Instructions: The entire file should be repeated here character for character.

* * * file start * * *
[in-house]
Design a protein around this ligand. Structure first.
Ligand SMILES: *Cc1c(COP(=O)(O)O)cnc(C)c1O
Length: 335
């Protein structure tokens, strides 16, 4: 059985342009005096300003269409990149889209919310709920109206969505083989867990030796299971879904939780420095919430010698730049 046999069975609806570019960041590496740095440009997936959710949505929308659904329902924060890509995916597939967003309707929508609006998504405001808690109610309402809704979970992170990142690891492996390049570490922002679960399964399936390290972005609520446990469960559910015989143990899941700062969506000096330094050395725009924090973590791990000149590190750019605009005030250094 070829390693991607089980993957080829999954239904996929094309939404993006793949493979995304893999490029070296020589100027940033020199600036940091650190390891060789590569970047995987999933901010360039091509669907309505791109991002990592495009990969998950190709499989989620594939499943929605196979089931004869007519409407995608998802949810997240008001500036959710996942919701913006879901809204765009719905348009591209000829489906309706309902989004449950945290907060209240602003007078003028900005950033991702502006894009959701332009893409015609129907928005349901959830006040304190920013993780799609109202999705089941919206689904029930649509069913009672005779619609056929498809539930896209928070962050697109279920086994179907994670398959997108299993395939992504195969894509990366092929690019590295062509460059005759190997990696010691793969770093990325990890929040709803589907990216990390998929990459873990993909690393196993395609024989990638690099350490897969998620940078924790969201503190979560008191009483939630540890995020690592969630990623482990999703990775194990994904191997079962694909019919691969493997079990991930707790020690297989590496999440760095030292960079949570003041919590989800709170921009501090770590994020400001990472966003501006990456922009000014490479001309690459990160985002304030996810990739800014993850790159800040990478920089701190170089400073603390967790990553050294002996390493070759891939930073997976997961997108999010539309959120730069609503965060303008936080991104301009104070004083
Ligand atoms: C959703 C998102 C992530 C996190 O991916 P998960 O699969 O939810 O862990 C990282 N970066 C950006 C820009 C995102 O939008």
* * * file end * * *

[in-house]
Design a protein around this ligand. Structure first.
Ligand SMILES: *Cc1c(COP(=O)(O)O)cnc(C)c1O
Length: 335
């Protein structure tokens, strides 16, 4: 059985342009005096300003269409990149889209919310709920109206969505083989867990030796299971879904939780420095919430010698730049 046999069975609806570019960041590496740095440009997936959710949505929308659904329902924060890509995916597939967003309707929508609006998504405001808690109610309402809704979970992170990142690891492996390049570490922002679960399964399936390290972005609520446990469960559910015989143990899941700062969506000096330094050395725009924090973590791990000149590190750019605009005030250094 070829390693991607089980993957080829999954239904996929094309939404993006793949493979995304893999490029070296020589100027940033020199600036940091650190390891060789590569970047995987999933901010360039091509669907309505791109991002990592495009990969998950190709499989989620594939499943929605196979089931004869007519409407995608998802949810997240008001500036959710996942919701913006879901809204765009719905348009591209000829489906309706309902989004449950945290907060209240602003007078003028900005950033991702502006894009959701332009893409015609129907928005349901959830006040304190920013993780799609109202999705089941919206689904029930649509069913009672005779619609056929498809539930896209928070962050697109279920086994179907994670398959997108299993395939992504195969894509990366092929690019590295062509460059005759190997990696010691793969770093990325990890929040709803589907990216990390998929990459873990993909690393196993395609024989990638690099350490897969998620940078924790969201503190979560008191009483939630540890995020690592969630990623482990999703990775194990994904191997079962694909019919691969493997079990991930707790020690297989590496999440760095030292960079949570003041919590989800709170921009501090770590994020400001990472966003501006990456922009000014490479001309690459990160985002304030996810990739800014993850790159800040990478920089701190170089400073603390967790990553050294002996390493070759891939930073997976997961997108999010539309959120730069609503965060303008936080991104301009104070004083
Ligand atoms: C959703 C998102 C992530 C996190 O991916 P998960 O699969 O939810 O862990 C990282 N970066 C950006 C820009 C995102 O939008």